Starting with the most preeminent application, Bar and Bench is the most popular legal application which serves as a database for anything and everything connected to the world of law through legal news articles. This application is leading in its field and hardly needs to be fact-checked. There are various content options to choose from. These range from legal news to interviews with the most successful people in the field.
This application comes with a state of the art user interface and has a menu bar at the top to ease segregation of content. It not only helps with legal knowledge but also has an option for the apprenticeship lawyer for those who are starting out into the field. Other options include ‘Deal sheet’ which is the one-stop destination for the legal aspects in major transactions, investments and fundraising. Another option in the menu, ‘ Viewpoint’, is great for understanding the current legal positioning of the law over crucial issues in contemporary times. The articles in this section are from associates and partners of well-known law firms that comment over a variety of legal issues, amendments and Judgements.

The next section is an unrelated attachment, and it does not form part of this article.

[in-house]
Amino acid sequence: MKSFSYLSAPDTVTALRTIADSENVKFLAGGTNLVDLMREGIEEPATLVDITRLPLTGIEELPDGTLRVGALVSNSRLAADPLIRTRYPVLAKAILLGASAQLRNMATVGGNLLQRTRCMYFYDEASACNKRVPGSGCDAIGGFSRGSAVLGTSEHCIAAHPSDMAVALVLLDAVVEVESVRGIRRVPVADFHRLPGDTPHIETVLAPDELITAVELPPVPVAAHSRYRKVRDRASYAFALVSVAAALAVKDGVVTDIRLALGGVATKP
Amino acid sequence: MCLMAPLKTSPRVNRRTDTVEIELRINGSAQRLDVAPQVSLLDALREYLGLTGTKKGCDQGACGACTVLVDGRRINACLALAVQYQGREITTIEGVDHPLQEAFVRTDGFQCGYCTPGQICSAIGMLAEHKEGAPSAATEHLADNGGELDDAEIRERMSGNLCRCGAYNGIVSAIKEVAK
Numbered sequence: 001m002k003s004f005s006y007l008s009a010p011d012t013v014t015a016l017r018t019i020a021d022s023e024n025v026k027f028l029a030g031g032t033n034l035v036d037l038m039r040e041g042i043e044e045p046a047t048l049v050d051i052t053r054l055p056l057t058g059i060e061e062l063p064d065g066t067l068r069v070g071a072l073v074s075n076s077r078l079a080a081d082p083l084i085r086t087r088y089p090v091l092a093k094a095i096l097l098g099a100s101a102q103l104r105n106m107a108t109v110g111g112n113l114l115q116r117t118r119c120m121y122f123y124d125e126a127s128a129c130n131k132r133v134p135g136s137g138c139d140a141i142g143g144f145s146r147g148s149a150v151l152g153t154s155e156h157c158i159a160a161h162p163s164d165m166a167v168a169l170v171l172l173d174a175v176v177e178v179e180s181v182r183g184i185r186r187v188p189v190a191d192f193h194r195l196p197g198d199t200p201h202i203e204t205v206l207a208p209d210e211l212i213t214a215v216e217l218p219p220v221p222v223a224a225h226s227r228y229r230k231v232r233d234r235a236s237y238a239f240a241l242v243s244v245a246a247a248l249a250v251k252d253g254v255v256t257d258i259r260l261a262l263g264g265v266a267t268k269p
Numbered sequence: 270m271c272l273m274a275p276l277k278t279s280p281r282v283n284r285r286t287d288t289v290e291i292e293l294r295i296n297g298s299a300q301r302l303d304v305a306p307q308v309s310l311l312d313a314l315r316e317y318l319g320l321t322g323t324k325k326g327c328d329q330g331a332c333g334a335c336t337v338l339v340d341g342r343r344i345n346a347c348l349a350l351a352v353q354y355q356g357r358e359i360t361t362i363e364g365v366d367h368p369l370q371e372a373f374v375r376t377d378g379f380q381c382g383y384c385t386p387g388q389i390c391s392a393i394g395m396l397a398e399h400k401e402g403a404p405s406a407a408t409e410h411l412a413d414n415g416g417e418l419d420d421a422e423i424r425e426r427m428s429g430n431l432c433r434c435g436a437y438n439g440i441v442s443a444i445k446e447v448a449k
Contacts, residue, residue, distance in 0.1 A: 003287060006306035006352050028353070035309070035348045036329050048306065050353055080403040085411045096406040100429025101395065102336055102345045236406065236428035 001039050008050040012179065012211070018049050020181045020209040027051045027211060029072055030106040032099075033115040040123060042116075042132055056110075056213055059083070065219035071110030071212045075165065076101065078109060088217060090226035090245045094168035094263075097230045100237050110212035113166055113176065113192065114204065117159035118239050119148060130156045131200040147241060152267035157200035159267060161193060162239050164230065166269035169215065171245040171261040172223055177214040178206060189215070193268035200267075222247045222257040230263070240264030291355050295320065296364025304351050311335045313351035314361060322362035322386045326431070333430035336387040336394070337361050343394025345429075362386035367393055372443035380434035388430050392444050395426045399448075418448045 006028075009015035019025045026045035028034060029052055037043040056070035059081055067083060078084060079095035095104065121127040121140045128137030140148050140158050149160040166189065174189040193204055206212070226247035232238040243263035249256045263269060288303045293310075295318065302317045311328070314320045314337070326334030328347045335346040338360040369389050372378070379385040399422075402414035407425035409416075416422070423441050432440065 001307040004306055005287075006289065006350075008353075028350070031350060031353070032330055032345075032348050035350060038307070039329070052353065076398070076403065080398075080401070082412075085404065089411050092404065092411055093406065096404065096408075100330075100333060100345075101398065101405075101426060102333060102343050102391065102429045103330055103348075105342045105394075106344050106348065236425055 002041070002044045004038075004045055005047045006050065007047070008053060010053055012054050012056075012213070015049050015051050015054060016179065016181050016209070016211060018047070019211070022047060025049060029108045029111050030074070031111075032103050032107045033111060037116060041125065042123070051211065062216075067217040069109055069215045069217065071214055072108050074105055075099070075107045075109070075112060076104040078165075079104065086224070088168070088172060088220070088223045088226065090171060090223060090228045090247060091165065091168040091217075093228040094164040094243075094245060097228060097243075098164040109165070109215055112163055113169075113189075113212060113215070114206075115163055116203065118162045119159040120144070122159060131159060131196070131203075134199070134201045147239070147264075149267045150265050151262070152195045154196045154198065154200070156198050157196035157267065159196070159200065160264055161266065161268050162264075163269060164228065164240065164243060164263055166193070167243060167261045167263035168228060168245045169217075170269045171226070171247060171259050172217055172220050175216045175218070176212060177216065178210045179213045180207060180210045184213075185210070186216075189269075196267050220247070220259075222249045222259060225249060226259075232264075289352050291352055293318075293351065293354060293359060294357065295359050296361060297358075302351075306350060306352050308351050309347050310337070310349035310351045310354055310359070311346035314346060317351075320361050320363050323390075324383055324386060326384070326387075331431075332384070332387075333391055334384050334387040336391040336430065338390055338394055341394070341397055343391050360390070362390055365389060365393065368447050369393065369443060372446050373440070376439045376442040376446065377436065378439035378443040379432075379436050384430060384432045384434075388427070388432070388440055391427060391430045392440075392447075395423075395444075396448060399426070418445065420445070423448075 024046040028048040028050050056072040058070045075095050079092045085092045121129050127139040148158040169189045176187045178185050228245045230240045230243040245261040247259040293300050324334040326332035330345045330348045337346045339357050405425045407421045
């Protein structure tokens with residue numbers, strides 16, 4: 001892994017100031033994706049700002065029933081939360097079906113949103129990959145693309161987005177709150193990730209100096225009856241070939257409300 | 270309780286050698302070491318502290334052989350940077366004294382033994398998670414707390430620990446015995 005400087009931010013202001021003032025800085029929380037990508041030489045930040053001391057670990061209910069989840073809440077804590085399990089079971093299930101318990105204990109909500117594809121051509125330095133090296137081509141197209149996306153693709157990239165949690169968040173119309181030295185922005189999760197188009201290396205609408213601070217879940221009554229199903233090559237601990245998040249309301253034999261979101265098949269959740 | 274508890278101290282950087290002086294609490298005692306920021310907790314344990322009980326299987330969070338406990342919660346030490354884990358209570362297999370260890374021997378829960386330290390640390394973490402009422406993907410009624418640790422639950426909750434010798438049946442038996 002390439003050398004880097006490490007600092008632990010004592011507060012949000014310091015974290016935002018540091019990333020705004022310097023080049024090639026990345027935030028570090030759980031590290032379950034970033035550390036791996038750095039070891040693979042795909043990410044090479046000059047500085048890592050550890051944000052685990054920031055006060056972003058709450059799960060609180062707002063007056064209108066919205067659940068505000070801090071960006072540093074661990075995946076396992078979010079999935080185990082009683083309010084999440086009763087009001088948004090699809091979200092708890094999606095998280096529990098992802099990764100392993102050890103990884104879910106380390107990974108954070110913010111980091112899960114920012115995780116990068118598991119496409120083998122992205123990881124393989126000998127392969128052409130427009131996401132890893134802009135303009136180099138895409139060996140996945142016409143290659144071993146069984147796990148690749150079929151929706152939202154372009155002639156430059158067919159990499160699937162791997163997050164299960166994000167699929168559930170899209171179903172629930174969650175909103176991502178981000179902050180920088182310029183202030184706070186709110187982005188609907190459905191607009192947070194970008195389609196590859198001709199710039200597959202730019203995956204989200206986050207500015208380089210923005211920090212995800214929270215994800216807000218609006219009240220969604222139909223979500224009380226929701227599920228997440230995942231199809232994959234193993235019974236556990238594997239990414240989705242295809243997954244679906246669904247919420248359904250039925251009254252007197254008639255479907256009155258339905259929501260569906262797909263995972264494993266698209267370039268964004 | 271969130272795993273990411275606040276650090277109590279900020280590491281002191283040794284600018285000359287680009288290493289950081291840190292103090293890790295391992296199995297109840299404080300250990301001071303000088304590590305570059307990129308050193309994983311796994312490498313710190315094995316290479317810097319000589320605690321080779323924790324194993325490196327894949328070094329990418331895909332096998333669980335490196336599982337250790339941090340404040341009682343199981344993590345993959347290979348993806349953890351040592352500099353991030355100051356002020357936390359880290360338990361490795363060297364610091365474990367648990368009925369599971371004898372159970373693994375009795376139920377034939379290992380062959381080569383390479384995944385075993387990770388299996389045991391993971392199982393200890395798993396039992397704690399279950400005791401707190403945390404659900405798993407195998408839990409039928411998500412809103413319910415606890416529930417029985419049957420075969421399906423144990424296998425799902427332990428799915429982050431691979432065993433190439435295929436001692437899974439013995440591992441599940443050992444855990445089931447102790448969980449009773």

Live Law

Live Law is a comprehensive Legal News Portal covering Indian Courts, Judgments, Lawyers, Law Firms, Law Schools and Legal Developments In India. That said, it has a user interface which is slightly more enhanced from the Bar and Bench app and has to provide a little more options in the content than the Bar and Bench app. The home page covers articles that are trending in the field of law, and apart from this, it also has News Updates with the latest articles on legal happenings in India. It has a ‘Know the Law’ section for laymen in the field with the goal to help understand the legal duties and the rights of a person by legal analysis of day to day happenings.